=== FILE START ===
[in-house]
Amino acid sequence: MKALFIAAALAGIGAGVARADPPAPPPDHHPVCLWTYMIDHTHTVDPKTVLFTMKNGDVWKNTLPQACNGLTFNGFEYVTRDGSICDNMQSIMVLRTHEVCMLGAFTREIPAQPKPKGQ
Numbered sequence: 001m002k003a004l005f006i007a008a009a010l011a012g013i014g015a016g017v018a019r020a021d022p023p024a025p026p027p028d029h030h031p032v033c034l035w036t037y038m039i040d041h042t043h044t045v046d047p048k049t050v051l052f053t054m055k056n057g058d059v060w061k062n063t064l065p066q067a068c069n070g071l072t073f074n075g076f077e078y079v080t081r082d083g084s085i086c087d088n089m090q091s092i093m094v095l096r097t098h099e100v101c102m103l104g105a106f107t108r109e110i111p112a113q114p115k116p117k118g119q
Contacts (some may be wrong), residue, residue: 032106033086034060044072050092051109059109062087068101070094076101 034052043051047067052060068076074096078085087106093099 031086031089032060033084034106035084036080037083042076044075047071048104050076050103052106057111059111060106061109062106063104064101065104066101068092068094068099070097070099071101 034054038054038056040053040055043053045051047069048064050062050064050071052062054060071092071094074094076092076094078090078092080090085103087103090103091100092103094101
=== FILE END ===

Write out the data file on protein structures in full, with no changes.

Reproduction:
[in-house]
Amino acid sequence: MKALFIAAALAGIGAGVARADPPAPPPDHHPVCLWTYMIDHTHTVDPKTVLFTMKNGDVWKNTLPQACNGLTFNGFEYVTRDGSICDNMQSIMVLRTHEVCMLGAFTREIPAQPKPKGQ
Numbered sequence: 001m002k003a004l005f006i007a008a009a010l011a012g013i014g015a016g017v018a019r020a021d022p023p024a025p026p027p028d029h030h031p032v033c034l035w036t037y038m039i040d041h042t043h044t045v046d047p048k049t050v051l052f053t054m055k056n057g058d059v060w061k062n063t064l065p066q067a068c069n070g071l072t073f074n075g076f077e078y079v080t081r082d083g084s085i086c087d088n089m090q091s092i093m094v095l096r097t098h099e100v101c102m103l104g105a106f107t108r109e110i111p112a113q114p115k116p117k118g119q
Contacts (some may be wrong), residue, residue: 032106033086034060044072050092051109059109062087068101070094076101 034052043051047067052060068076074096078085087106093099 031086031089032060033084034106035084036080037083042076044075047071048104050076050103052106057111059111060106061109062106063104064101065104066101068092068094068099070097070099071101 034054038054038056040053040055043053045051047069048064050062050064050071052062054060071092071094074094076092076094078090078092080090085103087103090103091100092103094101